A lifelong engineer will switch between two of the nation's premier engineering institutions this spring. Linda Katehi (left) was tapped last month to be the next provost at the University of Illinois' Urbana campus. She leaves the dean of engineering post at Purdue University. Katehi is a native of Greece, and as she tells AM 580's Tom Rogers, she's excited about taking a top position in a school that excels in areas beyond engineering.
Illinois Public Media News
Computer hacking brings to mind the thief who tries to take over your system, stealing valuable information or rendering your machine useless. But hackers also help improve computing's best defenses - the security systems that prevent ill-intentioned attacks.
Recently a University of Illinois club known as "SigMIL" placed fourth in a worldwide hacking competition - the goal was to enter other teams' systems while keeping them from attacking yours. AM 580's Tom Rogers talked with Frank Stratton, an undergraduate member of the U of I team.
Folksinger Arlo Guthrie is using the fame of his hit recording, "City of New Orleans," as the focal point of a benefit tour to help New Orleans musicians devastated by Hurricane Katrina. The song is based on the Illinois Central train (left, in 1968) that has crossed Illinois for decades. AM 580's Jim Meadows got on Amtrak's version of the train with Arlo Guthrie in Chicago for this report.
The Champaign chemist who owns Proviant Technologies (left) faces charges in what's known as the BALCO investigation. The case has brought the fight against professional athletes taking performance enhancing drugs to central Illinois. A local physician specializing in sports medicine says it will take the continued pursuit of suspects -- and more severe criminal penalties -- before steroids become less of a problem. AM 580's Jeff Bossert reports on the ongoing battle against steroids from a medical perspective.
AM 580's Jim Meadows reports on three Iraqi-Americans living in Champaign-Urbana (including Mohammad al-Heeti, left), who spoke against the U-S military presence in their home country at recent meetings held by a local anti-war group.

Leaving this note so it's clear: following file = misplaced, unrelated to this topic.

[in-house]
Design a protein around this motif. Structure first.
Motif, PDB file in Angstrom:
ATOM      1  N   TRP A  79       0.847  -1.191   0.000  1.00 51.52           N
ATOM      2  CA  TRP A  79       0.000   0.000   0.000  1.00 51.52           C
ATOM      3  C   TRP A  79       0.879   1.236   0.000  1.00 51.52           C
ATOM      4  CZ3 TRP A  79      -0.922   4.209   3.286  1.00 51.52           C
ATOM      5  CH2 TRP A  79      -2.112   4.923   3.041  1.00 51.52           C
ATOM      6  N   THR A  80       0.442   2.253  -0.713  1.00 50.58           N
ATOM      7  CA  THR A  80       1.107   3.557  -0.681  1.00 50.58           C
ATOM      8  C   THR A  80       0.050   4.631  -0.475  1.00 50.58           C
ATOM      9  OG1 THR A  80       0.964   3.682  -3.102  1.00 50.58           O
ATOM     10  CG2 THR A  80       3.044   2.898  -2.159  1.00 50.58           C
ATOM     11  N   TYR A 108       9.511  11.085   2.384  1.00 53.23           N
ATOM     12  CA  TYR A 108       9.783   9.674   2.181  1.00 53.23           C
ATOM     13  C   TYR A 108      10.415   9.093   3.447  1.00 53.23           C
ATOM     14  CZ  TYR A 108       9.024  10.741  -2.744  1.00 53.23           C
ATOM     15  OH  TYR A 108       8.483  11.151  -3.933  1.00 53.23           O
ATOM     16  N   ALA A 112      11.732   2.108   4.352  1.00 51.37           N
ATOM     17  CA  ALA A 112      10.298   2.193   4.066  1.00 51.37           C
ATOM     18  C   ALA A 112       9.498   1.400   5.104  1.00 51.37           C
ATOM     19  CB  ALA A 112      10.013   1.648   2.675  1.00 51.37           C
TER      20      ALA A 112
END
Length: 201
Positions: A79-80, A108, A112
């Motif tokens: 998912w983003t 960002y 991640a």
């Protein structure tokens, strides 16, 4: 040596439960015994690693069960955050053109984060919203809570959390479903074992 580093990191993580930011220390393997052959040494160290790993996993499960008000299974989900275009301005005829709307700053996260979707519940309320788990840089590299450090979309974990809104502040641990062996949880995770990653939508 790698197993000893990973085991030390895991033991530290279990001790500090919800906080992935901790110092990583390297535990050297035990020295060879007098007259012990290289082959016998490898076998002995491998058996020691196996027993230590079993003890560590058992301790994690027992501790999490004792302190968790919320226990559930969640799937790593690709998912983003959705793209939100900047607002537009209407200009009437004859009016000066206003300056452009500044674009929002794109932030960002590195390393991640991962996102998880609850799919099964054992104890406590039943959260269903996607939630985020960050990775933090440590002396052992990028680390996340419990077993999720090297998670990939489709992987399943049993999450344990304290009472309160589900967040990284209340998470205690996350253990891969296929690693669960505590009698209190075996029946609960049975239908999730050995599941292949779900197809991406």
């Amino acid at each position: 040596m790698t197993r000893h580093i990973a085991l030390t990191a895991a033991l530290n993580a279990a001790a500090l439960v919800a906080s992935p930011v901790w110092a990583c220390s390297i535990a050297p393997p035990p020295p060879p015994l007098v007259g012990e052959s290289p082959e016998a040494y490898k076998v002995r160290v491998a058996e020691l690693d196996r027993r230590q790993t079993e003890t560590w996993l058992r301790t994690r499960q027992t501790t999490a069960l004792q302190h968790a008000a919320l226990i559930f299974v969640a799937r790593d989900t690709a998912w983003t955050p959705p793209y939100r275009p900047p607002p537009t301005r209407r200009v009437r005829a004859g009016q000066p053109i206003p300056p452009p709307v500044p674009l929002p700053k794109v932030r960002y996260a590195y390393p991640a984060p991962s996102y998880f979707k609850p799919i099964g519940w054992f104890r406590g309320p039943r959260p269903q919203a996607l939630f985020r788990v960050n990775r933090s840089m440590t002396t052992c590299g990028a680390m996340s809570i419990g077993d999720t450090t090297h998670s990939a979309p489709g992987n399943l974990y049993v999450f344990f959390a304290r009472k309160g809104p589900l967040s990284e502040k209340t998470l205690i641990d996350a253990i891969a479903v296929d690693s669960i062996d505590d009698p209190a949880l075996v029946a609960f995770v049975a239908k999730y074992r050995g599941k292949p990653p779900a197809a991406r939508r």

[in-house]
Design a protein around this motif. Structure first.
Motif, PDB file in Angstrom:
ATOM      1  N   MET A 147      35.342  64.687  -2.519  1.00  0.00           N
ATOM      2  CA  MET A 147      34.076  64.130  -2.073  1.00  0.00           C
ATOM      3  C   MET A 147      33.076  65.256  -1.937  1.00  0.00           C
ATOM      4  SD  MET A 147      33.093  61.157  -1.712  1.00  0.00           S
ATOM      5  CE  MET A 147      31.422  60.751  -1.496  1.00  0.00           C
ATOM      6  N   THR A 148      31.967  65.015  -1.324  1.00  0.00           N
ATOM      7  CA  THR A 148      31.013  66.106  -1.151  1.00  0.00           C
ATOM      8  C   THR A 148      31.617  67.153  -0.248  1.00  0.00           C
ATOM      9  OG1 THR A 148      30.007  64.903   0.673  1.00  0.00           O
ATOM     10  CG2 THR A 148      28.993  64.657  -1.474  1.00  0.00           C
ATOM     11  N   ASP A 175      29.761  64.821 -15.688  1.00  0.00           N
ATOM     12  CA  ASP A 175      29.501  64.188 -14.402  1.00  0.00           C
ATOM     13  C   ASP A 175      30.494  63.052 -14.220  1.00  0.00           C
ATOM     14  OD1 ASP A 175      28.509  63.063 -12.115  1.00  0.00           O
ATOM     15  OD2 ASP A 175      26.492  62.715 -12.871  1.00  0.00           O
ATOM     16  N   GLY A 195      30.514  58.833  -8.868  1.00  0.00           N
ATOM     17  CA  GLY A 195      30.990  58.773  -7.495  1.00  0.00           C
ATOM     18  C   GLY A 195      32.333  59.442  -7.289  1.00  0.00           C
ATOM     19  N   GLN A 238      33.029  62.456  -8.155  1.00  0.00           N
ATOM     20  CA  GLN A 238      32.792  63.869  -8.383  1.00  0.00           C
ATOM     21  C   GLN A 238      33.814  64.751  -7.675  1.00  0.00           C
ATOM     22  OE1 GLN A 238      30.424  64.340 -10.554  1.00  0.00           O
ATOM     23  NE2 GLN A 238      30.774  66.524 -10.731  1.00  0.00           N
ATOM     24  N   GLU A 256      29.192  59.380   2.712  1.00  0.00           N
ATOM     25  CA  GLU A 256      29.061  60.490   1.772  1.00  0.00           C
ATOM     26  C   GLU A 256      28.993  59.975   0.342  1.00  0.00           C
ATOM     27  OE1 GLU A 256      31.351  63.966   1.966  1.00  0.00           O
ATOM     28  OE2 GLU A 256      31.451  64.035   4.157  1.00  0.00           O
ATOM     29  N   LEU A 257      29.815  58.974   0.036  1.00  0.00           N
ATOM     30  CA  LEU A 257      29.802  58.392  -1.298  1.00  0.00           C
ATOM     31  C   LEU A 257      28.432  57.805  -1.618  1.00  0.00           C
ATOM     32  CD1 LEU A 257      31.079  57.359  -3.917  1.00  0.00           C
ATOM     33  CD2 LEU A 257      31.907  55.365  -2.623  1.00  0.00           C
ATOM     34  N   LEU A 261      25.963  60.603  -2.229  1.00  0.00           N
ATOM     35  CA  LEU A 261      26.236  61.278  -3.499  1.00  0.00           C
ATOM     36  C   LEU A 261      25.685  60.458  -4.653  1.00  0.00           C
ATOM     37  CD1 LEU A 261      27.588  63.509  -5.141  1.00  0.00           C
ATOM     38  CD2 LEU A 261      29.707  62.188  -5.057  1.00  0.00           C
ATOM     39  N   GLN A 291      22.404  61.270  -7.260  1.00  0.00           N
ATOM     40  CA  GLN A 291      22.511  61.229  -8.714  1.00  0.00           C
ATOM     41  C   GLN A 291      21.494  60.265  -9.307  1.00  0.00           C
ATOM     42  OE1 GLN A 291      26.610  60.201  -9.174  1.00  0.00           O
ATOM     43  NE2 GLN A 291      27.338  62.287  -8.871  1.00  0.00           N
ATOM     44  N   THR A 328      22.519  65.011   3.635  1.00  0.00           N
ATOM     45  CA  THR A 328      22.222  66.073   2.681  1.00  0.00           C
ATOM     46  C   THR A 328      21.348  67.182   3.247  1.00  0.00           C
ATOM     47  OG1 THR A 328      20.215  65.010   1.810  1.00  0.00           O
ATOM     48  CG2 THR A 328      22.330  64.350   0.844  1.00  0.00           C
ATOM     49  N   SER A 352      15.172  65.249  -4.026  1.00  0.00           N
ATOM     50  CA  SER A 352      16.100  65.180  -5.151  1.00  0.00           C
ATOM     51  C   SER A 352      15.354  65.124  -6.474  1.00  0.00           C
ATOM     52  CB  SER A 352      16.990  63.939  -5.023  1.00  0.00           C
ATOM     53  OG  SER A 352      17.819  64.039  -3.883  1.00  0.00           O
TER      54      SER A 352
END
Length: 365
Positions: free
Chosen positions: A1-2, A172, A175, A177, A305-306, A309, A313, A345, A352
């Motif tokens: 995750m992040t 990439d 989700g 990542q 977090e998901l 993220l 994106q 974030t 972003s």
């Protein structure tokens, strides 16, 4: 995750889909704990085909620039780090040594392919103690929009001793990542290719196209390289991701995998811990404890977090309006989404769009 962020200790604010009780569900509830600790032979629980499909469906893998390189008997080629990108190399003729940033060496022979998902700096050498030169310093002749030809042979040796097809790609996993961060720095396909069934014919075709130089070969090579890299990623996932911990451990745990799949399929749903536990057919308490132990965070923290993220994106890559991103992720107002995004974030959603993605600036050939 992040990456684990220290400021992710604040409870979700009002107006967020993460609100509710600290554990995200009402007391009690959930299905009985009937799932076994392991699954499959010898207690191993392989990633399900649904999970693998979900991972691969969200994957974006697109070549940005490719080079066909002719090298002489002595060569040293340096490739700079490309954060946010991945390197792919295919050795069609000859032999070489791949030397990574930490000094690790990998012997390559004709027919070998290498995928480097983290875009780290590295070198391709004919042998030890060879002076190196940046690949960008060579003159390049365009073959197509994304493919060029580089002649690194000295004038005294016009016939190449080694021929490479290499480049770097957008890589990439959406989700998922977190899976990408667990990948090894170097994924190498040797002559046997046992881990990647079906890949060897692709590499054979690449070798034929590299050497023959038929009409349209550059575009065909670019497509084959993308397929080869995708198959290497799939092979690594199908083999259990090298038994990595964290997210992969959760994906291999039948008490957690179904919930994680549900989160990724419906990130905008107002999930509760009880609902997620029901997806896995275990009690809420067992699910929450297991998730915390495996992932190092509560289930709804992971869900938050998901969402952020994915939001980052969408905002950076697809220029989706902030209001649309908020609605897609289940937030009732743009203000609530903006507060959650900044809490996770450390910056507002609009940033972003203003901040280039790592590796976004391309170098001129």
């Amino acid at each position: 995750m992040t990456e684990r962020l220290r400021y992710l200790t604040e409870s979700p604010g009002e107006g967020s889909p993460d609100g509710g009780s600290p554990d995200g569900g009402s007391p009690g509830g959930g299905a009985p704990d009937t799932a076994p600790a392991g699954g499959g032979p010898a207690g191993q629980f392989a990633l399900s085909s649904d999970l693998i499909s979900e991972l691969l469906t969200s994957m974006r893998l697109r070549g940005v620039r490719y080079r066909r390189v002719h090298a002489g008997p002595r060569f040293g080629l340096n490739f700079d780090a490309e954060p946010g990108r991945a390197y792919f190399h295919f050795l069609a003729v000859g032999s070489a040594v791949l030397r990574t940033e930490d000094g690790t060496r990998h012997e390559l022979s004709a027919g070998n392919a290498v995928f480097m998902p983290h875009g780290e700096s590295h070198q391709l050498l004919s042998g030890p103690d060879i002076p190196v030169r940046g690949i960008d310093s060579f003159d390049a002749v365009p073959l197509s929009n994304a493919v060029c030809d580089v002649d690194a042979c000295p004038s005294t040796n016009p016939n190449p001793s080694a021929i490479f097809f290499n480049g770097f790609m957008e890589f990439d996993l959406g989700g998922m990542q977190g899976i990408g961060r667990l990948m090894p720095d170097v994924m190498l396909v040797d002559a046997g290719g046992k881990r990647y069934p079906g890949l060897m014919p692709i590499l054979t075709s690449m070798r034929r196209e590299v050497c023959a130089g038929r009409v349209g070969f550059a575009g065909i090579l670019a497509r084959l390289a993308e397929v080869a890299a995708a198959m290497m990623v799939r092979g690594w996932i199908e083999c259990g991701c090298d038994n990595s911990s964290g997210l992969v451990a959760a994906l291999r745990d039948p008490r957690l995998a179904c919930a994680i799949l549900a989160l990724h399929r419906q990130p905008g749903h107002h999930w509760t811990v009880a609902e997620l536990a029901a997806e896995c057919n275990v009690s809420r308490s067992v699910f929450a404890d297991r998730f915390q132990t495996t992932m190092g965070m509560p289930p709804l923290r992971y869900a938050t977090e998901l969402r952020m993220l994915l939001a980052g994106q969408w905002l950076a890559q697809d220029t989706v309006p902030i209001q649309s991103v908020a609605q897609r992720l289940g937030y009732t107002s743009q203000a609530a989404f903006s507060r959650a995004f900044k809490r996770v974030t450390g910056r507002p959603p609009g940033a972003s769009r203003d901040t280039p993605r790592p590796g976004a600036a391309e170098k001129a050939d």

The first year of the heralded "Ron Zook Era" was the fourth consecutive losing year for the University of Illinois football team. The Fighting Illini finished their football season over the weekend, with just two wins -- neither of them against Big Ten teams. AM 580's Jim Meadows reports that Coach Zook says his players are starting to improve -- and he's going to work them hard until they start to win.
The enrollment period has begun for one of the largest new federal programs in history - the addition of prescription drug coverage to the Medicare program. University of Illinois law professor Richard Kaplan (left) says unlike previous entitlement benefits, seniors themselves will bear much of the burden of choosing the program that's best for them, and that choice is daunting. AM 580's Tom Rogers talked with him.
Cuts in services and a hike in taxes are the main features in a budget plan which comes to the Vermilion County Board for a final vote on November 30th. The county board voted November 15th to put the budget plan and accompanying tax levy out for public review. But AM 580's Jim Meadows reports that happened only after they exhausted their search for loopholes.
An event sponsored by the University of Illinois Naval ROTC included a display of military memorabilia, photos and documents collected by Naval Reserve veterans Bill "Chief" and Susan McLane of rural St. Joseph. The collection looks back on ancestors who served during the nation's military conflicts dating back to the Civil War. In an interview with AM 580's Jim Meadows, the McLanes said a major part of the display focuses on Susan's father, who was held by the Japanese as a prisoner of war during World War II. (left: A veteran color guard takes part in a memorial service at Urbana's Eastlawn Cemetery.)
It's been 19 years since Dyke and Karen Rhoads were found stabbed to death in their burning home in Paris, Illinois. A year later, two men were convicted of the murders and sentenced to prison. Last year, a series of state and federal legal maneuvers led to the release of one of those men. But prosecutors still call Randy Steidl (left) a suspect. AM 580's Jeff Bossert looks at the latest efforts to re-examine his case -- while Steidl seeks to clear his name.